Safety Tips for Winter Driving
Winter driving in Canada can be pretty challenging, especially if you're not particularly experienced at it. If you got your license when it was relatively warm and the roads were nice and dry for example, you could be in for a shock when the snow and ice arrives. But even many experienced drivers have never had any special training to cope with the different demands winter driving presents and they just muddle, though. So, here are some safety tips for winter driving that everyone, no matter how experienced or otherwise they are, should take a little time to consider.
If you're going to be driving in challenging winter conditions, it's not only your vehicle that has to be in the right shape to cope with it, the driver has to be up for it as well. Winter driving requires, even more, concentration than normal, so don’t attempt it if you're excessively tired or feeling unwell. If you know you're going to be embarking on a drive in harsh weather conditions, make sure you get enough rest the night before.
One of the most basic, but perhaps most fundamental safety tips for winter driving, is to take everything more slowly than normal. It can be quite enjoyable sometimes to drive on hard packed snow for example, but it can also lead to complacency and the temptation to go faster than you really should. Accelerate and decelerate slowly. Applying the gas slowly is the best way of regaining traction and avoiding skids, so don’t attempt to get moving in a hurry and always allow plenty of time to be able to slow down for a stoplight. Slowing down on snow and ice takes a whole lot longer than it does on a dry pavement.
Never ever run a vehicle in an enclosed space, such as a garage. It can be a temptation on a cold day to get the vehicle running to warm things up before setting off on your journey. However, the carbon monoxide that comes out of the tailpipe is extremely toxic and a silent killer when allowed to build up in an enclosed area.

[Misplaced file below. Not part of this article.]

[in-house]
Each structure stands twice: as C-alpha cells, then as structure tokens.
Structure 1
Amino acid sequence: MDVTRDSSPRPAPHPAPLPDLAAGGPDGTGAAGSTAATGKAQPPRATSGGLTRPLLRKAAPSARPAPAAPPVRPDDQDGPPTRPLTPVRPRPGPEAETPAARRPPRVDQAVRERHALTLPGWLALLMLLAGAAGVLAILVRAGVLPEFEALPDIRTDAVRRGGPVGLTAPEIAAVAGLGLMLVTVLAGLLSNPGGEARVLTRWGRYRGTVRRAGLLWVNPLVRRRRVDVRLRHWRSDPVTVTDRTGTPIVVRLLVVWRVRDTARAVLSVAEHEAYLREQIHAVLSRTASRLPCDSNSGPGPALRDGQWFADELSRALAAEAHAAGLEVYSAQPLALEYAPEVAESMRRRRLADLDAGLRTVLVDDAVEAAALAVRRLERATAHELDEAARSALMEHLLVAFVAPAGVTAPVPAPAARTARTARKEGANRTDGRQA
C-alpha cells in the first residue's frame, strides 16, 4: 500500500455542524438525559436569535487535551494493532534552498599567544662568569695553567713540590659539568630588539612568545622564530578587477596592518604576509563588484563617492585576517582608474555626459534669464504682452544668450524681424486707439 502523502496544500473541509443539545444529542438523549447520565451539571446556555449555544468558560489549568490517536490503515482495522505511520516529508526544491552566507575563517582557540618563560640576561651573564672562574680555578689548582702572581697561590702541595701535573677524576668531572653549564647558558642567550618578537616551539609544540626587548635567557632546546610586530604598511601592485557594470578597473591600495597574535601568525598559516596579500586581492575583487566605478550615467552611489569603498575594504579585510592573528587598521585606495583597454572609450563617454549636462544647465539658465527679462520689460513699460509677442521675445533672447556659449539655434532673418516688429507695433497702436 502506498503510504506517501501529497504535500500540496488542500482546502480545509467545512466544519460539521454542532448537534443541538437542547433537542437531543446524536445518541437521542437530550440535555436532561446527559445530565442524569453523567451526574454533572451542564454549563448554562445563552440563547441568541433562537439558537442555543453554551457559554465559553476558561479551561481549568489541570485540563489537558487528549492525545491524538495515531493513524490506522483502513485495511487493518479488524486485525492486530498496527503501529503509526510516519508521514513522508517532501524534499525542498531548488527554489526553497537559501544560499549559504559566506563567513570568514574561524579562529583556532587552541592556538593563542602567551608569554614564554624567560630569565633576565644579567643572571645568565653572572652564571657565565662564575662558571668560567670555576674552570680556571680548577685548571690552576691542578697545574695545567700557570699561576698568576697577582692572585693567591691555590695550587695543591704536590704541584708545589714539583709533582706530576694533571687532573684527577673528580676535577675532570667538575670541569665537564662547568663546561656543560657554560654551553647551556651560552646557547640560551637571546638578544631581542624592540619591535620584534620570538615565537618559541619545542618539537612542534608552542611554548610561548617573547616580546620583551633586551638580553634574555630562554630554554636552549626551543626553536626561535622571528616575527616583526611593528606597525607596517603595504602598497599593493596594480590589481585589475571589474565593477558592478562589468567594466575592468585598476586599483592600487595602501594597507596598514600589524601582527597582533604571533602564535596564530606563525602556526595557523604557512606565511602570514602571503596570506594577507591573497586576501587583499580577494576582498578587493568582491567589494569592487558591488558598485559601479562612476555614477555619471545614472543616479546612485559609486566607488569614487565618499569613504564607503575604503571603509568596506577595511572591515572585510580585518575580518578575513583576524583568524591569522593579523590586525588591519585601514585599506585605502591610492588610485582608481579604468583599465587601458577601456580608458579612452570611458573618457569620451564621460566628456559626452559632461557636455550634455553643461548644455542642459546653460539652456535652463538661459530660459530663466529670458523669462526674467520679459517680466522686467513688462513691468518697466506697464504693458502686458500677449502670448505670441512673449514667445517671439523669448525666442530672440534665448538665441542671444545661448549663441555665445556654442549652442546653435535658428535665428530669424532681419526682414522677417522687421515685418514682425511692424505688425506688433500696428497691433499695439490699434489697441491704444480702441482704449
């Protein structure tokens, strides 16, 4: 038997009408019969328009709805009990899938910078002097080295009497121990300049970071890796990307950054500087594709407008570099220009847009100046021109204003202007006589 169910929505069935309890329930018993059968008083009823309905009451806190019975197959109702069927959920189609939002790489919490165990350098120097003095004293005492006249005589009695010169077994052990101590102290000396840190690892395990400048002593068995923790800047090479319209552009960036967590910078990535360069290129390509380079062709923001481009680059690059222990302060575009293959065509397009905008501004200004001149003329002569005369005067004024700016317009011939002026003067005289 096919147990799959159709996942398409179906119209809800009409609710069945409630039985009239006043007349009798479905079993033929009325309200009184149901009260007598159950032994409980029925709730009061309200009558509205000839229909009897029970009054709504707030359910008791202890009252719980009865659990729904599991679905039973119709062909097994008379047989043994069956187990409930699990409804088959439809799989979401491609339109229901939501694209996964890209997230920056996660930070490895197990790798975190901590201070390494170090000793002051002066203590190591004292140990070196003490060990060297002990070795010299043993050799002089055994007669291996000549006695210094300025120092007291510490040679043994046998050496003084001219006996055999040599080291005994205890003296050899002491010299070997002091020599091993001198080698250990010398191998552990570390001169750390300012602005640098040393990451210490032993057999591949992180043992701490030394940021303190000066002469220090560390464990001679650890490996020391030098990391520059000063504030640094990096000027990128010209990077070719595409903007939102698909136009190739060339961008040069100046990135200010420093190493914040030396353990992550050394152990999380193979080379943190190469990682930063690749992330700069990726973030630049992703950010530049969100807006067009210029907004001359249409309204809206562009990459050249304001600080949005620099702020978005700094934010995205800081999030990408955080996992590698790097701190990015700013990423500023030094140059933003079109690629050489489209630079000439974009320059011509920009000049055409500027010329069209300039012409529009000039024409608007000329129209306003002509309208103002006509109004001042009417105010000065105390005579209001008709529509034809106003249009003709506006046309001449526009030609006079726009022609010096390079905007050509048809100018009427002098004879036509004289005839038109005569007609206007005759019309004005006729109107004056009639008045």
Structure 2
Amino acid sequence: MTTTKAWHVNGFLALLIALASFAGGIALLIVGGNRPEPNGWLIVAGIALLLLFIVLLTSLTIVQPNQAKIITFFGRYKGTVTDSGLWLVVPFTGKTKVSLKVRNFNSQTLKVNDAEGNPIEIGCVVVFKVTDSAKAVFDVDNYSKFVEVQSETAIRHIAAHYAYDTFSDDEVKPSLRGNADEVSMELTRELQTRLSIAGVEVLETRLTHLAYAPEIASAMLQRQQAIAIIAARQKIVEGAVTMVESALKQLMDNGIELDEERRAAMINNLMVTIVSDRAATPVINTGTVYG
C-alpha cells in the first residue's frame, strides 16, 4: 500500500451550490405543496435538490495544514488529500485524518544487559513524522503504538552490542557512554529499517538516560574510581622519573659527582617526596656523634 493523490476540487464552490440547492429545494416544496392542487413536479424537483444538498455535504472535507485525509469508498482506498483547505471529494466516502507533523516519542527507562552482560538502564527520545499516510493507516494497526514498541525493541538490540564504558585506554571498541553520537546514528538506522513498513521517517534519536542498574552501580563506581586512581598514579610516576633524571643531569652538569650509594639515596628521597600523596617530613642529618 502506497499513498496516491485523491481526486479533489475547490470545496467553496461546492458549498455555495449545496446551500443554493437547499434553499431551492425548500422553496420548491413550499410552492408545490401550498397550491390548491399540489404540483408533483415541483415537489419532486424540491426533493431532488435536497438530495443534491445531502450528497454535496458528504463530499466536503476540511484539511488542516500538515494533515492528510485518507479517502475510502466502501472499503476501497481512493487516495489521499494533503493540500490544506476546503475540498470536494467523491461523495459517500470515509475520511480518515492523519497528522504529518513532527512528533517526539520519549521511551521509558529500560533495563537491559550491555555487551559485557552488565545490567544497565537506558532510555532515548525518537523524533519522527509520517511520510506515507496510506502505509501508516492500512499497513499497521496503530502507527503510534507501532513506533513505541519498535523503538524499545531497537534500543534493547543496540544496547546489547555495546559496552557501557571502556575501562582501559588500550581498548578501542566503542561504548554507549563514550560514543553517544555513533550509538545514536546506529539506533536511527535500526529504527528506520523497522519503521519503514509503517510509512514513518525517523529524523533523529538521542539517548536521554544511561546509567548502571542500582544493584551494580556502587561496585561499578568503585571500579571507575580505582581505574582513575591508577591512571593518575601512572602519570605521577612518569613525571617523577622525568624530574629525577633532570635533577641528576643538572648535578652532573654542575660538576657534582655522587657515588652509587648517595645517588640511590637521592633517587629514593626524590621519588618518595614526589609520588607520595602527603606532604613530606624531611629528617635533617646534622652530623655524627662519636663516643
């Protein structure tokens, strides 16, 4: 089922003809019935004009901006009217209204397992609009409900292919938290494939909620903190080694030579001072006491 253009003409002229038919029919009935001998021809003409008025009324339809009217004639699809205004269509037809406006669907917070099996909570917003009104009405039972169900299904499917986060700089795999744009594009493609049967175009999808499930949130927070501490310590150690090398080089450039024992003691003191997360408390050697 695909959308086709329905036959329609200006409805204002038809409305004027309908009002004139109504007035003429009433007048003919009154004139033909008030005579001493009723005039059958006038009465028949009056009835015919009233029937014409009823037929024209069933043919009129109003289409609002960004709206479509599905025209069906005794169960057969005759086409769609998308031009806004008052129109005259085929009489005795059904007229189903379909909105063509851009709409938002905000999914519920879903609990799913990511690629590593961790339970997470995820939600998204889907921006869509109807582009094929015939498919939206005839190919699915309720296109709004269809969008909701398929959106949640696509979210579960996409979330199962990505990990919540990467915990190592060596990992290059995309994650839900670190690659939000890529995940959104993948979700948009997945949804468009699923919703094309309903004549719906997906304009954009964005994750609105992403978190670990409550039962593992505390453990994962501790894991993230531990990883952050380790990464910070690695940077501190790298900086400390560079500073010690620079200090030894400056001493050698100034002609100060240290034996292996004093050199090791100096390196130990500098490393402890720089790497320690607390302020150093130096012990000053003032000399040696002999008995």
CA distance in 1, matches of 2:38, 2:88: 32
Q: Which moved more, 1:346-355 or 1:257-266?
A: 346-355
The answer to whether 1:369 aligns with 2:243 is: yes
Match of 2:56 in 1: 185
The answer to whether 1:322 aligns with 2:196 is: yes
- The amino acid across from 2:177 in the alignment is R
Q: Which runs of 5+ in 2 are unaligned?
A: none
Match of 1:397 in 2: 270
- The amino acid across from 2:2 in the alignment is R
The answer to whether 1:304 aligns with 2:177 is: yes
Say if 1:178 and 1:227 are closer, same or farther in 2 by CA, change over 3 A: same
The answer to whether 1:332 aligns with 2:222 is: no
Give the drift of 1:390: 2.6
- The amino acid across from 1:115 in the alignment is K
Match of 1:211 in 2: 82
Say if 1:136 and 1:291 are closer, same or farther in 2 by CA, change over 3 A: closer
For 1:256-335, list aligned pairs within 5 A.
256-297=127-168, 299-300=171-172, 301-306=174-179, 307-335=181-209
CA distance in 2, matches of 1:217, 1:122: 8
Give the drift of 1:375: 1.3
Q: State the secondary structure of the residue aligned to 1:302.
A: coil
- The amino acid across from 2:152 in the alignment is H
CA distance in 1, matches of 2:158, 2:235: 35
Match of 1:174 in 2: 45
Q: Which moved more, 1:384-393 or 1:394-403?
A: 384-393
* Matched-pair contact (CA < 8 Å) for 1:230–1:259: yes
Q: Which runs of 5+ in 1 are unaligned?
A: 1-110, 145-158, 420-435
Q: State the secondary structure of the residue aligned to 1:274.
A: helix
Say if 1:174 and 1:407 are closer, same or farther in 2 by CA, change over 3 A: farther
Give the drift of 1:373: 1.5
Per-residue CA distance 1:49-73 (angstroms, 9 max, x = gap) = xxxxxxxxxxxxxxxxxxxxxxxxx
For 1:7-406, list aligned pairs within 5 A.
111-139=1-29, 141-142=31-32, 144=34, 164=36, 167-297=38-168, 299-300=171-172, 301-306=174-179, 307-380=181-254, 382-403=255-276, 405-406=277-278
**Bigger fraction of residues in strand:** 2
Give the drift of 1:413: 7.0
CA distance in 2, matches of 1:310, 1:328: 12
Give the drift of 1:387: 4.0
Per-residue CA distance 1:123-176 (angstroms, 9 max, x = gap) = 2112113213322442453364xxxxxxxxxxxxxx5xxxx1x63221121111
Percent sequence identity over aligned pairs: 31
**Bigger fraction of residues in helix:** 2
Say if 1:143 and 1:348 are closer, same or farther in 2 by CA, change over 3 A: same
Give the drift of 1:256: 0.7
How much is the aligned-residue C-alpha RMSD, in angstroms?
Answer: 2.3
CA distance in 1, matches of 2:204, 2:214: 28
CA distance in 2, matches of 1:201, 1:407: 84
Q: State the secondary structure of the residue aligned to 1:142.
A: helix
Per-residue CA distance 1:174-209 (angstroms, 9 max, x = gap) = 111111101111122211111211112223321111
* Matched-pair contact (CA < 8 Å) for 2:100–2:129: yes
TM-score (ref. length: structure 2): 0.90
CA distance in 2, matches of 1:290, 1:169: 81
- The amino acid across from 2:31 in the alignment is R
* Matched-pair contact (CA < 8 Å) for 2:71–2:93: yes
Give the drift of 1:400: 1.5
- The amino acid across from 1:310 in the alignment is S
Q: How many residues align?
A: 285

Always keep your gas tank at least half full in the winter. You don’t know if you're going to get stuck in snow or in stationary traffic as a result of bad weather. Running the engine to keep warm will use up the gas in your tank, so you don’t want to find yourself unable to keep the heater on as you're running low on gas. Of course, you also don’t want to run out of gas completely without being able to make it to your destination, or at least a gas station.
Driving correctly on snow and ice is a special skill that requires professional training, but there are a few things you can do to make things easier. For a start, make sure you can see properly. It's amazing how many people you see peering through a tiny peephole made through the ice and snow on their windscreen. Make sure to remove all snow and ice from a windscreen before setting off, and also make sure you properly de-mist the inside. It doesn't take long for your breath to mist up your windscreen and reduce visibility to zero, so don’t attempt to drive until the screen if totally clear.
If you do find yourself skidding on the snow or ice, don't try to fight it. Always try to turn into the skid as that's about as much control as you're going to get. It might not feel like the most natural thing to do, but it's definitely the best way to deal with the situation until you come to a stop and regain control.
But the best way to deal with the very worst winter driving conditions is to avoid them altogether. If your journey isn't essential, stay at home until things get better if you possibly can.